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American Catholic Philosophical Quarterly

Volume 94, Issue 4, Fall 2020

Gaston G. LeNotre
Pages 503-546

Determinate and Indeterminate Dimensions
Does Thomas Aquinas Change His Mind on Individuation?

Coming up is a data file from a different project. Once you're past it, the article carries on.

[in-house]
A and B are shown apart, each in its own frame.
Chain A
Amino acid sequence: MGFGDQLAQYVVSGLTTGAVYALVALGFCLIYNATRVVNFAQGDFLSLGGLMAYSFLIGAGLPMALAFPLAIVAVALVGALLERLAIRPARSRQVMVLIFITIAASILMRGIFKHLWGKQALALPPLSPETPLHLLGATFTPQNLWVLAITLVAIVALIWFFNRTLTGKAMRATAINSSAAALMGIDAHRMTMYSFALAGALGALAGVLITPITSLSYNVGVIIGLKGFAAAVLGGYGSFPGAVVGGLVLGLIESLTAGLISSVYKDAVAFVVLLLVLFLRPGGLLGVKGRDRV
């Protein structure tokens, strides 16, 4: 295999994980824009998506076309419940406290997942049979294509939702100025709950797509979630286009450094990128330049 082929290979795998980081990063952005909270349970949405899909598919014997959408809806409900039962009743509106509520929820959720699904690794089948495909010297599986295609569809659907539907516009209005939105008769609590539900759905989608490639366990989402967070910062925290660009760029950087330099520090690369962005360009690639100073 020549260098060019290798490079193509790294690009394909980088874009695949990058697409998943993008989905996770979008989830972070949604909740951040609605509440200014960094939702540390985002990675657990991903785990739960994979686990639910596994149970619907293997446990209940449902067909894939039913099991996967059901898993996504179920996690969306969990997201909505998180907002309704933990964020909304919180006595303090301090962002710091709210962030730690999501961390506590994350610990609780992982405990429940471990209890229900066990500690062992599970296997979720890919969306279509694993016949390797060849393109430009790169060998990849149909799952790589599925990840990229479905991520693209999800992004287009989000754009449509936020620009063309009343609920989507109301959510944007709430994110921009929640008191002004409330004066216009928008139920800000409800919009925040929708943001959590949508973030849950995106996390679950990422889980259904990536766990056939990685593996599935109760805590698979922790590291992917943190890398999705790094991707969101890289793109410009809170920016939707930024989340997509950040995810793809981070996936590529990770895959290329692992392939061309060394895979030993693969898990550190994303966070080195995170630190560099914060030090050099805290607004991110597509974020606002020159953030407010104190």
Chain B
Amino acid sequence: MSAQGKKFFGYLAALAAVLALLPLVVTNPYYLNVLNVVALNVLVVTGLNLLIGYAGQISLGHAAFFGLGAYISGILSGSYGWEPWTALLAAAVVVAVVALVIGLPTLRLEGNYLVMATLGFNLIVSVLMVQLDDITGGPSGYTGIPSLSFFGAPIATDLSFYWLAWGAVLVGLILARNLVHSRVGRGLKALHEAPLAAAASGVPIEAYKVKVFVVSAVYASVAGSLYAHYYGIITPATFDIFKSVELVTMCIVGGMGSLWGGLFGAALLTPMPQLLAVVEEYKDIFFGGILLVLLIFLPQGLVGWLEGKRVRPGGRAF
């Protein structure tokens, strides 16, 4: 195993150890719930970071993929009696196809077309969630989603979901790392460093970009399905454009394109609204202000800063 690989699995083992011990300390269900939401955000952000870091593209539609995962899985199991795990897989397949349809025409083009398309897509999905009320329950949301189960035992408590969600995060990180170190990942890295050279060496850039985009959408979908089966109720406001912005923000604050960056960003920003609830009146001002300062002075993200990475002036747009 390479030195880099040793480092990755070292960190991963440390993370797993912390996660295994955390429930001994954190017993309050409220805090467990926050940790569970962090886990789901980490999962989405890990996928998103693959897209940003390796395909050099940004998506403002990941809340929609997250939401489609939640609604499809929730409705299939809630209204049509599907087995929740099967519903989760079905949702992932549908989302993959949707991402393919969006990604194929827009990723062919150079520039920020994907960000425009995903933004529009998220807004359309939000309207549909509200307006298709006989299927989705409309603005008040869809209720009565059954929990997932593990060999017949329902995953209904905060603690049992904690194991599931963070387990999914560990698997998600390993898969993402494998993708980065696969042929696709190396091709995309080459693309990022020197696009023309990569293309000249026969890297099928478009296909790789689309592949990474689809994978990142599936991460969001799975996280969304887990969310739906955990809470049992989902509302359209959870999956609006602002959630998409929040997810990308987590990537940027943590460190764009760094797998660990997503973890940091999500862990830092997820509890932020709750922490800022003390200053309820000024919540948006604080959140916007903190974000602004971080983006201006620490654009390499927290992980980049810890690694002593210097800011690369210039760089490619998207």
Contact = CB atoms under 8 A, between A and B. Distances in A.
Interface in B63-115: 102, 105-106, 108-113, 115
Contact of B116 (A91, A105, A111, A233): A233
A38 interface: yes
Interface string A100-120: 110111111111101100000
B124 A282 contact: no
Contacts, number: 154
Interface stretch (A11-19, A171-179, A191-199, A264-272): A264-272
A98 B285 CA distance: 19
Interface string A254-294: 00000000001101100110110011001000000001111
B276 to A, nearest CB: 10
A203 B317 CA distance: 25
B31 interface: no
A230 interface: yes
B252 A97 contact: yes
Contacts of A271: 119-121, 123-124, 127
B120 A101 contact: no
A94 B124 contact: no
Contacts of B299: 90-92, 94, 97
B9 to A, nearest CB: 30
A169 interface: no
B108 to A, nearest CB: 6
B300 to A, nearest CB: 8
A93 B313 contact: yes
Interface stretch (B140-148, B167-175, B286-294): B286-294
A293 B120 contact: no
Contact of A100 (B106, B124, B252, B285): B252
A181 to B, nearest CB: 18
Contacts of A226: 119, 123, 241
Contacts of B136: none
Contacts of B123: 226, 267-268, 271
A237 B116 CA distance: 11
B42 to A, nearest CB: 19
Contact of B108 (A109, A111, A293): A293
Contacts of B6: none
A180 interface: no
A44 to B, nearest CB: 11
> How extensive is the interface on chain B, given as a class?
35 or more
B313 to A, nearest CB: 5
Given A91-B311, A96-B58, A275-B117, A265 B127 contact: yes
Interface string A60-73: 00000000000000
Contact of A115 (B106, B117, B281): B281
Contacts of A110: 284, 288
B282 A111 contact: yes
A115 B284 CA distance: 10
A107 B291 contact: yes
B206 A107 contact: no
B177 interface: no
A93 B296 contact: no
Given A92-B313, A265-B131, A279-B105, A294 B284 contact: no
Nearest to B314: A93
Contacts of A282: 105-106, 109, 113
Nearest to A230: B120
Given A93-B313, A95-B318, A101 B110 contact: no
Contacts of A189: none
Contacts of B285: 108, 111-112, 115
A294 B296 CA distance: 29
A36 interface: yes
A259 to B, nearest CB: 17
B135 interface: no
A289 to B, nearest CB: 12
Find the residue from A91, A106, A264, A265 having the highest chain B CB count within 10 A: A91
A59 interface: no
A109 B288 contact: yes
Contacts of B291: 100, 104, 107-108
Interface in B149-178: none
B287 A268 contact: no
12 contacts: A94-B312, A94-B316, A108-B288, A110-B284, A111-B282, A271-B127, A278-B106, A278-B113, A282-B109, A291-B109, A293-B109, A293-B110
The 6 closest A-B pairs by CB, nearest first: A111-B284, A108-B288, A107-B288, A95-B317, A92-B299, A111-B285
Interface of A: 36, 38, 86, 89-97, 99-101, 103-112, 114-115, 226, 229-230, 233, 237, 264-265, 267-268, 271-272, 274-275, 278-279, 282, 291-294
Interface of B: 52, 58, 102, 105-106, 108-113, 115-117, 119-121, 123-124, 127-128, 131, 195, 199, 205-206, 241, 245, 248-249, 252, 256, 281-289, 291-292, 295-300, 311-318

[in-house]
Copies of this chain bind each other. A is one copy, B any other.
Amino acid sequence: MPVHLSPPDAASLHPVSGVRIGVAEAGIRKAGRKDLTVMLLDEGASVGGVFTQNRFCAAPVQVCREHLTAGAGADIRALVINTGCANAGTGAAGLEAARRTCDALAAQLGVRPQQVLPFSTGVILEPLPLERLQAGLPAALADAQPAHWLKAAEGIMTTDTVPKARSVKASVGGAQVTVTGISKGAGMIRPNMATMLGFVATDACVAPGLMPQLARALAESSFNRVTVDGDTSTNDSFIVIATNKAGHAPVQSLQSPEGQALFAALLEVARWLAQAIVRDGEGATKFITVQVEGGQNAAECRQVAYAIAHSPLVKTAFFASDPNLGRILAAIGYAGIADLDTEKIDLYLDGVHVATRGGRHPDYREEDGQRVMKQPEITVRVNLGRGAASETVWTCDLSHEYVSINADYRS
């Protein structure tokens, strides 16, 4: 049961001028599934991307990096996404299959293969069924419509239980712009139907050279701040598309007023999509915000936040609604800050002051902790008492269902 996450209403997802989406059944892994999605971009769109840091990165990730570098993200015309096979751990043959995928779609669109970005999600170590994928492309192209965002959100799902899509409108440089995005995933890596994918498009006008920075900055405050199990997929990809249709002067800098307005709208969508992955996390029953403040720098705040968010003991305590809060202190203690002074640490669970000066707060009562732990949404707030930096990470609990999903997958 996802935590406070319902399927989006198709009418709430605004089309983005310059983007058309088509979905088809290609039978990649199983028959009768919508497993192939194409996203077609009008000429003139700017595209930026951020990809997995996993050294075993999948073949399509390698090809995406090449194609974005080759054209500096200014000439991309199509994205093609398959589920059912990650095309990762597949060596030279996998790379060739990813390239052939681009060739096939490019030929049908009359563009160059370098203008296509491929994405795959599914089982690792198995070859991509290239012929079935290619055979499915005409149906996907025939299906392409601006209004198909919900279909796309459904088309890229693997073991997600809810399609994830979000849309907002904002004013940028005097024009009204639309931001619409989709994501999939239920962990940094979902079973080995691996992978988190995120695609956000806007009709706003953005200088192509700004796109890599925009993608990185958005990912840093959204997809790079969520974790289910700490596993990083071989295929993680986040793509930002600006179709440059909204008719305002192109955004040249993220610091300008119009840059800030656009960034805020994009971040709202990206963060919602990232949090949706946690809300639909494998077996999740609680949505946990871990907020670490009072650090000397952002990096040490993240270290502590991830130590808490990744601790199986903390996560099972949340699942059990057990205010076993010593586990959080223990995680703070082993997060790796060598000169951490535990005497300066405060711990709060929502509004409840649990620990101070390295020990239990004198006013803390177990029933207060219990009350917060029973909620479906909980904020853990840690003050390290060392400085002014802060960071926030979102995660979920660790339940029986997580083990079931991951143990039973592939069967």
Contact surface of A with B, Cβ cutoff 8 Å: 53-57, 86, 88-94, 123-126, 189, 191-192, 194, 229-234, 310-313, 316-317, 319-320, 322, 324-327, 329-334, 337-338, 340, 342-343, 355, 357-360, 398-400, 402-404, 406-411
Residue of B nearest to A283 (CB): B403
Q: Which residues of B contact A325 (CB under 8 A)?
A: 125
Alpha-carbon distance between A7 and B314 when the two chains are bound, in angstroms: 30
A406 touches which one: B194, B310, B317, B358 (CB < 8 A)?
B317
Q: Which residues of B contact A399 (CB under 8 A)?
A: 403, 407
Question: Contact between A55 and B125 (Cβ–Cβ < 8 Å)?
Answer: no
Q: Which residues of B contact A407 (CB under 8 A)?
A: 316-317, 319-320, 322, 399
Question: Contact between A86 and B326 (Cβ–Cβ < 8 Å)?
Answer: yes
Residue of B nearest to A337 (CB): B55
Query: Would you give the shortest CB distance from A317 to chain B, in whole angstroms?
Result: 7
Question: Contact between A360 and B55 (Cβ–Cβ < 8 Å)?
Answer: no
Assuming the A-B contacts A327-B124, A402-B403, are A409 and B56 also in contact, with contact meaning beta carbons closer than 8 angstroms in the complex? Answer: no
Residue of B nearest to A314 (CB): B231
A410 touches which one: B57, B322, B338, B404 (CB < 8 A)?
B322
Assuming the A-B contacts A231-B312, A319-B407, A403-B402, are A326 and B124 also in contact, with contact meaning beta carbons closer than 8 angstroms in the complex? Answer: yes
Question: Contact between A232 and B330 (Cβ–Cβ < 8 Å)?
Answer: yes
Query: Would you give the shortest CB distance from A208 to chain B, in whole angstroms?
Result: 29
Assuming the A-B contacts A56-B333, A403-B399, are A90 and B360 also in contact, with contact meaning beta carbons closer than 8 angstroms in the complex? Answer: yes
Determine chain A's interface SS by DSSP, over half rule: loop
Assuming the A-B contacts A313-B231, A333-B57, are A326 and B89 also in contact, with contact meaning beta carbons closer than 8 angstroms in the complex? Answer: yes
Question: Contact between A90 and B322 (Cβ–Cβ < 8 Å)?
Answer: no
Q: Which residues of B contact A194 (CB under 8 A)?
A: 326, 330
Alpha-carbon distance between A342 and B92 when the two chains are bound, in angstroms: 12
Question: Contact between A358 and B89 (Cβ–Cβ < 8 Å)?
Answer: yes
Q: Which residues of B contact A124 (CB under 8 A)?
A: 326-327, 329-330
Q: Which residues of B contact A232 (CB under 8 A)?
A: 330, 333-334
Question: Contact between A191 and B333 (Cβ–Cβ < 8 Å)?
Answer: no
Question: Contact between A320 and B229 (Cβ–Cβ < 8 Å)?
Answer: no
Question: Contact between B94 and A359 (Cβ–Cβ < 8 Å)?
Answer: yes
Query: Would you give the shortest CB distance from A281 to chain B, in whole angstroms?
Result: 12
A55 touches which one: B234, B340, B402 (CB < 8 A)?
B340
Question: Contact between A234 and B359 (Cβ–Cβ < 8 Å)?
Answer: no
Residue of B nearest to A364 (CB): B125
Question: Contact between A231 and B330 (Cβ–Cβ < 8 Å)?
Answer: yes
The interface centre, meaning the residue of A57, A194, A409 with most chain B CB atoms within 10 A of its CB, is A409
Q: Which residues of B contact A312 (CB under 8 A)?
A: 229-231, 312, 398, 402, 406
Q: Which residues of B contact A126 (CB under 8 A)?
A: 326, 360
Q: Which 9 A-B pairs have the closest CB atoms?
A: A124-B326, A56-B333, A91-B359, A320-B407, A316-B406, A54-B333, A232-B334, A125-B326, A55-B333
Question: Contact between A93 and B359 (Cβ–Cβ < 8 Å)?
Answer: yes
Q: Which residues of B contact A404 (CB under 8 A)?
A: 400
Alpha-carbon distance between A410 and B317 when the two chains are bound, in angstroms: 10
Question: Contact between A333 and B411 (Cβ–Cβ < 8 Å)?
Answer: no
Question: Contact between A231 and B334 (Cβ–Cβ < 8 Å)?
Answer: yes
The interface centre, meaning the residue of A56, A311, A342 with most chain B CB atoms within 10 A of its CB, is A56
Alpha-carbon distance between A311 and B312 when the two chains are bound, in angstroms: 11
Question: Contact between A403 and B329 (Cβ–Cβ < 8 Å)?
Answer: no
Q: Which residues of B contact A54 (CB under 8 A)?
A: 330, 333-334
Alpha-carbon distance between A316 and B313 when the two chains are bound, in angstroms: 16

The scholarly consensus is that Thomas Aquinas’s views about individuation changed over time. The consensus states that he wavered in his opinion about whether determinate dimensions or indeterminate dimensions serve in the individuation of corporeal substances. I argue that this consensus is mistaken. I focus on early texts of Thomas to argue that he relies on different types of dimensions to answer different problems of individuation. Determinate dimensions resolve a problem in the order of perfection, and indeterminate dimensions resolve a problem in the order of generation. I explain texts that answer the problem of individuation in the order of perfection according to questions about universals, cognition, and science. I then explain texts that answer the problem of individuation in the order of generation. My conclusion argues that, despite abandoning the language, Thomas continues later in his career to rely on indeterminate dimensions to resolve the problem of individuation in the order of generation.

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